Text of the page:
And to top it all off, those MAGICAL and OCCULTIST Christians use the instrument of the death of their God as their SYMBOL.

    SYMBOLS of DEATH, FULL MOONS, EQUINOXES, proof positive that Christianity is MAGICAL and OCCULTIST.

    This reminds me of Luke 6: 41 And why beholdest thou the mote that is in thy brother’s eye, but perceivest not the beam that is in thine own eye?
    42 Either how canst thou say to thy brother, Brother, let me pull out the mote that is in thine eye, when thou thyself beholdest not the beam that is in thine own eye? Thou hypocrite, cast out first the beam out of thine own eye, and then shalt thou see clearly to pull out the mote that is in thy brother’s eye.

    Cheers!!

  13. Ralph, my short answer is that I think Joseph had a habit of telling exciting and fascinating stories to those around him. Being told a story by Smith, or being a part of Smith’s storytelling, doesn’t instantly make you a real “witness” to the plates.

    It says in the Bible that there are many gifts of the Spirit and all are given at least one. When I read it, I believe that it is not specifying just the believers but all on this earth.

    In the context of Ephesians and 1 Corinthians (where gifts of the Spirit are spoken of), it is only justified, regenerated believers who are sealed with the Spirit that have the gifts of the Spirit. They are giving for the building up of the body of Christ, with its many parts. In Paul’s writings he makes it very clear that you are either “in” Christ by faith or you are not. Needless to say, spreading the gifts of the Spirit (as spoken of by Paul) like peanut butter over all of humanity is not warranted by the inspired text.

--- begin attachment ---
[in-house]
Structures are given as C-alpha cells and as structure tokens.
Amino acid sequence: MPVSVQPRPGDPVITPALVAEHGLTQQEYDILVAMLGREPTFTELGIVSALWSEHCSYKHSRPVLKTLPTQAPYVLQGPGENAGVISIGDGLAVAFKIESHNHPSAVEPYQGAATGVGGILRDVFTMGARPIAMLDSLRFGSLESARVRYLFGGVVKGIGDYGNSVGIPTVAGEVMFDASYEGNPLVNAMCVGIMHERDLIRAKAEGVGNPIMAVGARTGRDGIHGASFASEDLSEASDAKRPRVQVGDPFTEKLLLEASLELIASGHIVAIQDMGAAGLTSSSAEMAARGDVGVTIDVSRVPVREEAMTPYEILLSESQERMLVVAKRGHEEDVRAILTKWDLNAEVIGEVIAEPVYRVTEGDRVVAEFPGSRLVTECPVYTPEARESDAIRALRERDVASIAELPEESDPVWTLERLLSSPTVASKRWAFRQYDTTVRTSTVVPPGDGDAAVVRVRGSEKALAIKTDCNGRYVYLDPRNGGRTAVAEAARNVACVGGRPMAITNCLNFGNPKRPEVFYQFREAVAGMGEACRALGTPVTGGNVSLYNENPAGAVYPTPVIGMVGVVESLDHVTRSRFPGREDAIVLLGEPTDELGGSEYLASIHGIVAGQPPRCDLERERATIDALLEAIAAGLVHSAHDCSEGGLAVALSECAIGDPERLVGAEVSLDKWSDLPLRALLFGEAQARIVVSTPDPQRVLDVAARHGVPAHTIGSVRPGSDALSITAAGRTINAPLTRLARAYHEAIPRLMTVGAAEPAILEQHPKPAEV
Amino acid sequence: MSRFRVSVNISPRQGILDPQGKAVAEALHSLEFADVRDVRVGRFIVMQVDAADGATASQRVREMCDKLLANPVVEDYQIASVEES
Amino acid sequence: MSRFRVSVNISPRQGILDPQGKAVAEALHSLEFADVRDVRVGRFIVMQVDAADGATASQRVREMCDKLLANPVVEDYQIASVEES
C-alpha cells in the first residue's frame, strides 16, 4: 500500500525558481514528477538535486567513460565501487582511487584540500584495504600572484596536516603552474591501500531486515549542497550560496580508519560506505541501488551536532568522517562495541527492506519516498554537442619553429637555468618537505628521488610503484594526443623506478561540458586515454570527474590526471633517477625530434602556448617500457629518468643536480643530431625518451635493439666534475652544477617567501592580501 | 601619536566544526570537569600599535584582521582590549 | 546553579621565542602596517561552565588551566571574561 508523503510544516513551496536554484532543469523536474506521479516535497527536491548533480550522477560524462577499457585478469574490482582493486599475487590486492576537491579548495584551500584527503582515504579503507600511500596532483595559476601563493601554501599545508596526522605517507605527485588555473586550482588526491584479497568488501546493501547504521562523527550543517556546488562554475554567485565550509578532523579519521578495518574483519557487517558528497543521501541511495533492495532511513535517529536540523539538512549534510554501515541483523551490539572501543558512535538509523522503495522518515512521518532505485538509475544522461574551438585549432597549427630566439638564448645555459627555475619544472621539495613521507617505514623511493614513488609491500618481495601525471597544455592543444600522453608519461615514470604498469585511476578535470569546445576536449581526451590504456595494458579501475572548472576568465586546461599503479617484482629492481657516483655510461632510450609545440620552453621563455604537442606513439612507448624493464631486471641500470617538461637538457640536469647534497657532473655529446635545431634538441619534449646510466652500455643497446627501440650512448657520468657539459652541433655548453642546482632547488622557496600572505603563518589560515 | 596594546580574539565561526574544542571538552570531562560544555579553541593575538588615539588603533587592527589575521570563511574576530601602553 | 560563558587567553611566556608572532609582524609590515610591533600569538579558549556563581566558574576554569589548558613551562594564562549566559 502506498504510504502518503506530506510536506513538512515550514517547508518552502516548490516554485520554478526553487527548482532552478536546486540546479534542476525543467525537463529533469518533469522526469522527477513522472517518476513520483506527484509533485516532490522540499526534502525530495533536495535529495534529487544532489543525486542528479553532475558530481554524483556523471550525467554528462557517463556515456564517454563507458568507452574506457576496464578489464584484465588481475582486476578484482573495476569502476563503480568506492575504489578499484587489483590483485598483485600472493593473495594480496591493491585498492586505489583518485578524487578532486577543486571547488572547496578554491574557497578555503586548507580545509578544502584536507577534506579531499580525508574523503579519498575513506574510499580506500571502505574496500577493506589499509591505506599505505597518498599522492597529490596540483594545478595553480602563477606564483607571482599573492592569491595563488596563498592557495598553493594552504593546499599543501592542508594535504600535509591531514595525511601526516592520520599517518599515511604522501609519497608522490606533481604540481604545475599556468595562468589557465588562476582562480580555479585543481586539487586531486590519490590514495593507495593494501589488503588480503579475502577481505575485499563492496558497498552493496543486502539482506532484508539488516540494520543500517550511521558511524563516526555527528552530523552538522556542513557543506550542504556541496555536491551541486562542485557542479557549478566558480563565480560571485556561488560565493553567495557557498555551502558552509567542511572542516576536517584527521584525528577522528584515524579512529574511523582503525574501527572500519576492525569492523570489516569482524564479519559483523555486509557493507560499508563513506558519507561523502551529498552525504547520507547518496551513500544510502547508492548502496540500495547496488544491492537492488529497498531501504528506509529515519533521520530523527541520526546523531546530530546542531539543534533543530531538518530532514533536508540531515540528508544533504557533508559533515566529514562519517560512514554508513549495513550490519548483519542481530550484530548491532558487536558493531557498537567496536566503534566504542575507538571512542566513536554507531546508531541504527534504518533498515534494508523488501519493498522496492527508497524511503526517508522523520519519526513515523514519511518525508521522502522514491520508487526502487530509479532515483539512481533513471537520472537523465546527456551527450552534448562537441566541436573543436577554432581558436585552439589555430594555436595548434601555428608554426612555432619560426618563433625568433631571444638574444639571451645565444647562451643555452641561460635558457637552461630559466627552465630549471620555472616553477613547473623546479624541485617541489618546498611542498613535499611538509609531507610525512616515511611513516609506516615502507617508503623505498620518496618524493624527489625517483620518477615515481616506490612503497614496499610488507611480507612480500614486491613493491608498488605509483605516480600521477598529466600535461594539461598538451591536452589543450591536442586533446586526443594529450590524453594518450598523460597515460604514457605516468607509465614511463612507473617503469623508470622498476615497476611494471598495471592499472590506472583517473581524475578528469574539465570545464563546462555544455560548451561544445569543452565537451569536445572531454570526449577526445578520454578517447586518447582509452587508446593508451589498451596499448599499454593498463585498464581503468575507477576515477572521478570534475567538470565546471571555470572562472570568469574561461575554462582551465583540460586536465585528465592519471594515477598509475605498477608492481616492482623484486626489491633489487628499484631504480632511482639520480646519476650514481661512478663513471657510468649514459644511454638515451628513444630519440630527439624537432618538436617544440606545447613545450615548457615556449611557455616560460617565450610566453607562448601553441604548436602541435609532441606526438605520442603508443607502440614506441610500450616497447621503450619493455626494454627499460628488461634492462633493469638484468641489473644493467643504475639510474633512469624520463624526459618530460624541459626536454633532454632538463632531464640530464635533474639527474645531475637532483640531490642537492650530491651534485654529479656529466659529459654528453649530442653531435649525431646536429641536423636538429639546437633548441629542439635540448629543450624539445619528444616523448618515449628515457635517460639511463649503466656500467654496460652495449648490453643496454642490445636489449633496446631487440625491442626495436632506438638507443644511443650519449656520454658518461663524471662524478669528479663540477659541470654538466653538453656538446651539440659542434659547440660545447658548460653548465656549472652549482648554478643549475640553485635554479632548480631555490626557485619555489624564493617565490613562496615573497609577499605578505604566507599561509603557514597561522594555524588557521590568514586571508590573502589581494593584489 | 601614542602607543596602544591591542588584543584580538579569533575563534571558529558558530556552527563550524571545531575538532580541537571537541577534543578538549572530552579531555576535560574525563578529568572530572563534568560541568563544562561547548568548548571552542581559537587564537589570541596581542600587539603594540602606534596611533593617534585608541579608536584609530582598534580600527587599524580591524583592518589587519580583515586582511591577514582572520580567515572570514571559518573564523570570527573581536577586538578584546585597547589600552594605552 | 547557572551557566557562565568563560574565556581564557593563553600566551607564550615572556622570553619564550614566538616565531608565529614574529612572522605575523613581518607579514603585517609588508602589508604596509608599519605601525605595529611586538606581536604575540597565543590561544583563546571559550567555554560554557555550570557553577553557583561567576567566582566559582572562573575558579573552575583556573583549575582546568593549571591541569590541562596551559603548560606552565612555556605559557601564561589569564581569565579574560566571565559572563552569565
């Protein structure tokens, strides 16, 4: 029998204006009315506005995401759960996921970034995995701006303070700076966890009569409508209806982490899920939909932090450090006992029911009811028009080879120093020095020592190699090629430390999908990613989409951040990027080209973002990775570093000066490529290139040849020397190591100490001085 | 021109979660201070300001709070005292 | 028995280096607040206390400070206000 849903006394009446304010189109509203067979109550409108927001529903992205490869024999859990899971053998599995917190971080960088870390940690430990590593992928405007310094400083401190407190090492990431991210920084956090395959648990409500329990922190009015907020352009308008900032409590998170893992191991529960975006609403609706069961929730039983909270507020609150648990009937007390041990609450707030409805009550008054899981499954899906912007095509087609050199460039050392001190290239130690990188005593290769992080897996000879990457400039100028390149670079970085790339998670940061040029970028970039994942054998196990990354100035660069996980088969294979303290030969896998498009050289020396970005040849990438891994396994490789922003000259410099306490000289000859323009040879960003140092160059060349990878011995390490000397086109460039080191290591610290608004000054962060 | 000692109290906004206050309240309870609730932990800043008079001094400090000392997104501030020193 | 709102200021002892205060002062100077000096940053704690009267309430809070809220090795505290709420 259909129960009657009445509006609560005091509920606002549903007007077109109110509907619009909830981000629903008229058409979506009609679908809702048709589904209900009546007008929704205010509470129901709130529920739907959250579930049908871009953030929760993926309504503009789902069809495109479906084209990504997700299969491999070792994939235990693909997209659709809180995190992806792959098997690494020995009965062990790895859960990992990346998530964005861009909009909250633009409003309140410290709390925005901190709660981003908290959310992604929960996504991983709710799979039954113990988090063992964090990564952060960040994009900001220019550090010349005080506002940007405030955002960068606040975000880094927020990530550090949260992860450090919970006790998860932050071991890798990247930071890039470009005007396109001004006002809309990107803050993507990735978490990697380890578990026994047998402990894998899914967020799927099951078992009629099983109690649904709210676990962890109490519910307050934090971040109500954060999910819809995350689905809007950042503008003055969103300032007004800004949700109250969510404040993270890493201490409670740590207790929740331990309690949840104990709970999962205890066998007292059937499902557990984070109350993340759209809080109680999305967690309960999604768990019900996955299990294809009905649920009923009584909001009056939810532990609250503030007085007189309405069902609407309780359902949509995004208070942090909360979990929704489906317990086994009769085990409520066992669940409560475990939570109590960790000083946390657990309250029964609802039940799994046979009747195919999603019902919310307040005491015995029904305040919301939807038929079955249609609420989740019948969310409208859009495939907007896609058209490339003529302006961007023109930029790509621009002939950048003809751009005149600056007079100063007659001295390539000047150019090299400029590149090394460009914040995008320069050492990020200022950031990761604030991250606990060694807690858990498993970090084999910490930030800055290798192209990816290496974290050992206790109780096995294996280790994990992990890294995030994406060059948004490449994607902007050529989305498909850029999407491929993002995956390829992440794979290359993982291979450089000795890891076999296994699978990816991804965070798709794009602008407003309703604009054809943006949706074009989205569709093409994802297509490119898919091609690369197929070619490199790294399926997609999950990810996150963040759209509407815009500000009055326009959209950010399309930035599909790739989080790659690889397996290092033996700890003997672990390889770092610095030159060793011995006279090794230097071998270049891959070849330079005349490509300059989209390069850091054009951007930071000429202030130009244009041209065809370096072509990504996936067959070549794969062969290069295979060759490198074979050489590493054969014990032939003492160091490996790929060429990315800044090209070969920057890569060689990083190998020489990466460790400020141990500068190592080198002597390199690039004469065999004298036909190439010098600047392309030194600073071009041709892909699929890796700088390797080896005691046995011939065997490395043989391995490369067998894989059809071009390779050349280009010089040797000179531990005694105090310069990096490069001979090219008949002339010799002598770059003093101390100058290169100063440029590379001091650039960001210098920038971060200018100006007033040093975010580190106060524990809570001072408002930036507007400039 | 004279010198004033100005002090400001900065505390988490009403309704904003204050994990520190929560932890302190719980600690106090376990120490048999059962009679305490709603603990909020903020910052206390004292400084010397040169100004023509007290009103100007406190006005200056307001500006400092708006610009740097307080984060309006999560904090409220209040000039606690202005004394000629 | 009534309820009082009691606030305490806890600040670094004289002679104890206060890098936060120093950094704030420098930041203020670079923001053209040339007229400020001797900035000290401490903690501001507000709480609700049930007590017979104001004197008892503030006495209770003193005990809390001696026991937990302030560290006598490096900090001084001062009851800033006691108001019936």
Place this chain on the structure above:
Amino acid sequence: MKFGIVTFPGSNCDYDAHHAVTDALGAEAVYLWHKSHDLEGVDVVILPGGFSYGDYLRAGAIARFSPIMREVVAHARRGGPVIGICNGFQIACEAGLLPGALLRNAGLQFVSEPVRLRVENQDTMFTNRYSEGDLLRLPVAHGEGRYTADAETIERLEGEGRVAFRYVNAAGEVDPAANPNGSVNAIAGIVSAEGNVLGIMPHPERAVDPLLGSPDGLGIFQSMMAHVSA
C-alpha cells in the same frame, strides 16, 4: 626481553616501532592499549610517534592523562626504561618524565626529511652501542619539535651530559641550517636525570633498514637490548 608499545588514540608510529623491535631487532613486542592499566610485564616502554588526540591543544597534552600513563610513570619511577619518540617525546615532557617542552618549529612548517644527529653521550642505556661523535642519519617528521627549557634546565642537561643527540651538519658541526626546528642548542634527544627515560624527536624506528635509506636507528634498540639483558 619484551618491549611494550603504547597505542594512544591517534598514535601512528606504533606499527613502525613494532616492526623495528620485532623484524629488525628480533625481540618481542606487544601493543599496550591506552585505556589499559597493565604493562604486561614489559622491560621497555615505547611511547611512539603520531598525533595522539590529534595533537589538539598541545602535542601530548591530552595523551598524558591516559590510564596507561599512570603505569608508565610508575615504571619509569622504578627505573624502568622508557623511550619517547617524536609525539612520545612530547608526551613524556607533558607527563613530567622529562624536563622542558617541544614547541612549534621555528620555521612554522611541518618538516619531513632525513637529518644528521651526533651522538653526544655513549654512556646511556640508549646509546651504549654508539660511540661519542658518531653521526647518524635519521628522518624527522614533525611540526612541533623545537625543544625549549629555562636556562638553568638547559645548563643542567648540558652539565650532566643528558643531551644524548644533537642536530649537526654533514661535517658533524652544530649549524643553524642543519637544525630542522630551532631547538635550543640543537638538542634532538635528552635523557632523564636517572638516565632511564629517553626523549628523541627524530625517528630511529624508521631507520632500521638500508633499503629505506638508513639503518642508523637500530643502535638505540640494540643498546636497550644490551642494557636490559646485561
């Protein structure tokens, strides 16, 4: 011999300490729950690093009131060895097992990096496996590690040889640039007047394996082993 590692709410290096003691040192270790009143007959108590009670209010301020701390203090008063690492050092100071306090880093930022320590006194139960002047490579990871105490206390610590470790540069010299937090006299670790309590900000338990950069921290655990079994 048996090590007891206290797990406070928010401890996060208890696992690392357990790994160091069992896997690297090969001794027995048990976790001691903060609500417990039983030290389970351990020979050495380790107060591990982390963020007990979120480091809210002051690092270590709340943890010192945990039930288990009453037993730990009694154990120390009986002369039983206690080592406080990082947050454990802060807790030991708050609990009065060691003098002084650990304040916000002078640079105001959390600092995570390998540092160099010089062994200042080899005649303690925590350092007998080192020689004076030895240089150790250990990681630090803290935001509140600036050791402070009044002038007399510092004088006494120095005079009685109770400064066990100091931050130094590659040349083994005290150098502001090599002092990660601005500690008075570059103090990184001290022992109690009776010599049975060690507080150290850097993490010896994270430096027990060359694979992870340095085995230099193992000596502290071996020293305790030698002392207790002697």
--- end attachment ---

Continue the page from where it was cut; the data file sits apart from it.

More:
GB, Christians have celebrations on days that you could say were “baptized” from something pagan into something Christian. When Christians celebrate Easter it has nothing to do now with the alignment of the sun, moon, or stars, or with a tradition that guardian spirits are more easily invoked and magic more easily conjured. Nor do we attempt to speak with the dead, dress in black in accordance with occultic traditions, or look through magical stones. Hence, trying to parallel the annual Easter egg hunt and the Sunday morning sermon on the resurrection with Joseph Smith’s folk magic and occultism is not compelling.

  14. falcon says:

    [Snipped. See my comment below about clean-up.]

    GB,
    You Mormons pull this type of reasoning out when you can’t support your “prophet” and his occult connection. It’s the old equivalency argument. Try to make some goofy connection with Biblical Christianity and then jump up and down and scream “see it’s all the same”. That’s usually RALPH’s ploy but it must run through the DNA of Mormonism. Mormonism is occultic in it’s origin and practices and has no relationship to Biblical Christianity. In Acts 19:17-19 “…..and fear fell upon them all and the name of the Lord Jesus was being magnified. Many also of those who had believed kept coming, confessing and disclosing their practices. And many of those who practiced magic brought their books together and began burning them in the sight of all; and they counted up the price of them and found it fifty thousand pieces of silver.”

    [Snipped. See my comment below about clean-up.]

  15. GB says:

    Aaron “When Christians celebrate Easter it has nothing to do now with the alignment of the sun, moon,. . .”

    HELLO!!! Earth to Aaron!!!

    Easter Sunday is timed directly after the first FULL MOON on, or after, the Vernal EQUINOX, and has been since the Council of Nicea in 325 AD.

    That has EVERYTHING to do with the SUN and the MOON!!!